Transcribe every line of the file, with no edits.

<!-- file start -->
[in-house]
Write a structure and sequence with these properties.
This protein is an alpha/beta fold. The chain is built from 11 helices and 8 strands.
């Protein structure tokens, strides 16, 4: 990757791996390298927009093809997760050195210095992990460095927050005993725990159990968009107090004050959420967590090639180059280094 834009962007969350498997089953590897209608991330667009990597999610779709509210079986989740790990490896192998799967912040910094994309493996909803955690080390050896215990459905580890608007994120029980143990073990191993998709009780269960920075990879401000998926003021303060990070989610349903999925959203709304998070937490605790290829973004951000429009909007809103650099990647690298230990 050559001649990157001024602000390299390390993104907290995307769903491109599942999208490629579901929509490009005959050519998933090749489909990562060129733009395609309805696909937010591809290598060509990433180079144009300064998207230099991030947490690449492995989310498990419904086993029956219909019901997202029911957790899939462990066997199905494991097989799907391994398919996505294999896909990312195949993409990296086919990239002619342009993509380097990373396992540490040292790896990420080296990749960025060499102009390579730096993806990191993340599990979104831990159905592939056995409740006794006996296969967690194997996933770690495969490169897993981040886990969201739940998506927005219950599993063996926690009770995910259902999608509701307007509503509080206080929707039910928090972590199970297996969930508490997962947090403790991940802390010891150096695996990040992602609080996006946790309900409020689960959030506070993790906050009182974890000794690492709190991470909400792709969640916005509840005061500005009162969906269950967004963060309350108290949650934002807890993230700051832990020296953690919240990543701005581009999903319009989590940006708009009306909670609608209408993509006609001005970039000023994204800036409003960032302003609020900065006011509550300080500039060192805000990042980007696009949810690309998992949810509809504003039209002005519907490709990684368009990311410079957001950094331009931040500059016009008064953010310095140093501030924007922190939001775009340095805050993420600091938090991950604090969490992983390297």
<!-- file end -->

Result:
[in-house]
Write a structure and sequence with these properties.
This protein is an alpha/beta fold. The chain is built from 11 helices and 8 strands.
């Protein structure tokens, strides 16, 4: 990757791996390298927009093809997760050195210095992990460095927050005993725990159990968009107090004050959420967590090639180059280094 834009962007969350498997089953590897209608991330667009990597999610779709509210079986989740790990490896192998799967912040910094994309493996909803955690080390050896215990459905580890608007994120029980143990073990191993998709009780269960920075990879401000998926003021303060990070989610349903999925959203709304998070937490605790290829973004951000429009909007809103650099990647690298230990 050559001649990157001024602000390299390390993104907290995307769903491109599942999208490629579901929509490009005959050519998933090749489909990562060129733009395609309805696909937010591809290598060509990433180079144009300064998207230099991030947490690449492995989310498990419904086993029956219909019901997202029911957790899939462990066997199905494991097989799907391994398919996505294999896909990312195949993409990296086919990239002619342009993509380097990373396992540490040292790896990420080296990749960025060499102009390579730096993806990191993340599990979104831990159905592939056995409740006794006996296969967690194997996933770690495969490169897993981040886990969201739940998506927005219950599993063996926690009770995910259902999608509701307007509503509080206080929707039910928090972590199970297996969930508490997962947090403790991940802390010891150096695996990040992602609080996006946790309900409020689960959030506070993790906050009182974890000794690492709190991470909400792709969640916005509840005061500005009162969906269950967004963060309350108290949650934002807890993230700051832990020296953690919240990543701005581009999903319009989590940006708009009306909670609608209408993509006609001005970039000023994204800036409003960032302003609020900065006011509550300080500039060192805000990042980007696009949810690309998992949810509809504003039209002005519907490709990684368009990311410079957001950094331009931040500059016009008064953010310095140093501030924007922190939001775009340095805050993420600091938090991950604090969490992983390297």